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It was the puree that did it.
New mother Alexandra Wardle, was trying to feed her son, Tyler. In pureeing food and introducing him to solids, she went through container after container.
“I was preparing a lot of food and I was putting it into an ice cube tray and I just couldn’t get it out of the ice cube tray,” she says. “Once you’ve pureed baby food, it becomes very dense. I ended up breaking the ice cube tray – with potato cubes it was – flying all over the room.”
Watching TV later, she caught a program about mums who had successful businesses. “I thought, why don’t I make my own ice cube tray? Without really giving it a lot of thought, the idea kind of sprung from there and then it was a matter of, well, how do you make an ice cube tray exactly?”
Previously a specialist sales representative for pharmaceuticals giant Pfizer, Wardle didn’t have any background in manufacturing or product development, or ice cube trays for that matter. But she did have the drive to have a go.
She contacted one of the mothers who had appeared on the show, who gave her a rough idea of what she needed to do. “From that point I started ringing factories in Perth and taking Tyler in the pram to factories and a lot of them had a good old giggle and pretty much told me to stop wasting their time.”
A year later Wardle had the design and factory sorted and went out to baby stores in Perth and Melbourne with samples of her product, Qubies.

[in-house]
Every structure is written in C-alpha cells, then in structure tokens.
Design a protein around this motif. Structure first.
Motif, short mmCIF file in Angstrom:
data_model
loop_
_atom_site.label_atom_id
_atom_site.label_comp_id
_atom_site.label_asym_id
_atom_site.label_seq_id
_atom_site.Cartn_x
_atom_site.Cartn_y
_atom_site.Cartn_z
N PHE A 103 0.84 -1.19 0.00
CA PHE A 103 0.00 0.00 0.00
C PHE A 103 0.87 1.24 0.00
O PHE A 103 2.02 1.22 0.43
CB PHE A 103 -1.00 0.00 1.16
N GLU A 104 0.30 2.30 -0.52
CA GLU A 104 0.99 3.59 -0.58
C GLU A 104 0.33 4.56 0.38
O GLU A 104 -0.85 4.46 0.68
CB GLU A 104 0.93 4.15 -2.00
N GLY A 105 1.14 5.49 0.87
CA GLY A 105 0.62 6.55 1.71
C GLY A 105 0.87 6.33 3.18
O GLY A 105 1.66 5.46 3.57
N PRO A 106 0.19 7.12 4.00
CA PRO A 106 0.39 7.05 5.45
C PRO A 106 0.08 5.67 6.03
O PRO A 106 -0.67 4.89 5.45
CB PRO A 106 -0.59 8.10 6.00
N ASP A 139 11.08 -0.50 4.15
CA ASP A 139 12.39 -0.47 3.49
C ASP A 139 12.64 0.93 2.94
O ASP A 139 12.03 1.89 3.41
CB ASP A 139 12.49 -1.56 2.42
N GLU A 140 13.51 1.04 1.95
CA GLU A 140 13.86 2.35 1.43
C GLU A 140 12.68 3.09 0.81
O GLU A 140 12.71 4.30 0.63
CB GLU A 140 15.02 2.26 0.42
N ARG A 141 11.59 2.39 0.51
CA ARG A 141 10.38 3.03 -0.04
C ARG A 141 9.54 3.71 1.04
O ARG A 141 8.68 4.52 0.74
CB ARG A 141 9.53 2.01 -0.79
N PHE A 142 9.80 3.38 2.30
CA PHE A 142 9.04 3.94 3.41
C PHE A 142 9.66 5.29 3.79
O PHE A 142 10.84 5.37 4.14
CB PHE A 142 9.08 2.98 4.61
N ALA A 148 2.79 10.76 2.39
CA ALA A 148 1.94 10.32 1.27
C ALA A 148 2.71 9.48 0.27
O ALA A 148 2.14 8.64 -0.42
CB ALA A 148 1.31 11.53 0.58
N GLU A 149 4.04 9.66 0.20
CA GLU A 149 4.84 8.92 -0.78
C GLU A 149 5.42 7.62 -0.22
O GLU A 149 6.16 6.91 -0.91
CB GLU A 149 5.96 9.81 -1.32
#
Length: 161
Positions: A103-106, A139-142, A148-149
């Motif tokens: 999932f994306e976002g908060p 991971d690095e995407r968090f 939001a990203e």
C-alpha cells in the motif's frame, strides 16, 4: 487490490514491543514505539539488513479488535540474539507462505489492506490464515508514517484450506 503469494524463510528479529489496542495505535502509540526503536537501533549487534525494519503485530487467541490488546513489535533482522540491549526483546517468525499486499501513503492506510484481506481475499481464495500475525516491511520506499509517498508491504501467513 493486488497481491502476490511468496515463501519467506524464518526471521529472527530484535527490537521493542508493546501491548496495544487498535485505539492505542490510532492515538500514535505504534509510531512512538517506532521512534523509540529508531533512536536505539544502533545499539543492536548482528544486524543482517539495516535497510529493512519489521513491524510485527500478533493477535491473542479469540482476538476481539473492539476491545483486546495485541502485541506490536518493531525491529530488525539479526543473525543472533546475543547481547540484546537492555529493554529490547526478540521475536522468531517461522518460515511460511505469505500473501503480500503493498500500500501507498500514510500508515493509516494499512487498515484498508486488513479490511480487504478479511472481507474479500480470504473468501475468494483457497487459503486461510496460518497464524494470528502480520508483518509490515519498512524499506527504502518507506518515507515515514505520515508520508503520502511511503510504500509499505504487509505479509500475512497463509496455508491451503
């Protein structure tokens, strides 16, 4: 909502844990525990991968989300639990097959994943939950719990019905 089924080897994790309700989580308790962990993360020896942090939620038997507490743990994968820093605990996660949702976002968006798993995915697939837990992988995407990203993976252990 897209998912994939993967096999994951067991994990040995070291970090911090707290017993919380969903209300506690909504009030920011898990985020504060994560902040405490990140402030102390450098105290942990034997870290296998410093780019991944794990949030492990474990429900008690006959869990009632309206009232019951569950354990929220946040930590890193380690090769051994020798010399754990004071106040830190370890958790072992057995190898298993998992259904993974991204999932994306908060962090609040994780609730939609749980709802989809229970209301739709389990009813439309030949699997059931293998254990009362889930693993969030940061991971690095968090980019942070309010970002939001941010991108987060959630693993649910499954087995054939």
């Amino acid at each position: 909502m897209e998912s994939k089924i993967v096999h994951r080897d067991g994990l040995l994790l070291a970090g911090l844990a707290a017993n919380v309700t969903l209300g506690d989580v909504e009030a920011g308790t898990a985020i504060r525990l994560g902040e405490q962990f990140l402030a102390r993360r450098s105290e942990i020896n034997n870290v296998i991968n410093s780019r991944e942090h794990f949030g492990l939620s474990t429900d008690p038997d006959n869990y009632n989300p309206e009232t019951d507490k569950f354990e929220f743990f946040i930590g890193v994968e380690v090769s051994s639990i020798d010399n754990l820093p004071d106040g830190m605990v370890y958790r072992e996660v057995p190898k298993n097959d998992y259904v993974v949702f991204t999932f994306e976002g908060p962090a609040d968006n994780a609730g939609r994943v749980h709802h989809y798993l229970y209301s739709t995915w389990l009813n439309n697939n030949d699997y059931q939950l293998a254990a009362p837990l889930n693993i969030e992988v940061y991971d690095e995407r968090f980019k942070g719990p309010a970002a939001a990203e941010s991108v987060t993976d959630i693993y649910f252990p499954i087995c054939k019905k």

Produced by her company, Miinki Moop, Qubies are containers with soft silicon lids, that have dividers moulded into the lid. That means when the contents of the trays are frozen, they freeze in separate sections, which can then easily be popped out.
“The original pilot run was only supposed to be 800 units and I sold 2000 units in the first two weeks,” she says.
“Within a month I’d already placed my second order with the factory and I was up and running.”
Wardle now distributes to hundreds of stores across Australia and beyond.
“We’ve gone literally from, ‘it was just a little idea,’ to, ‘it’s now a business,’” she says.
Wardle’s entrepreneurial success demonstrates the demand for products that cater to new parents’ needs. Tap that market right and there’s money to be made.
Babies are big business. Market research analyst IBISWorld estimated in November last year that revenue from baby products would reach $4.38 billion in 2011-12. It predicts average growth of 3.1 per cent a year for the next five years, with revenue reaching nearly $5.1 billion in 2016-17.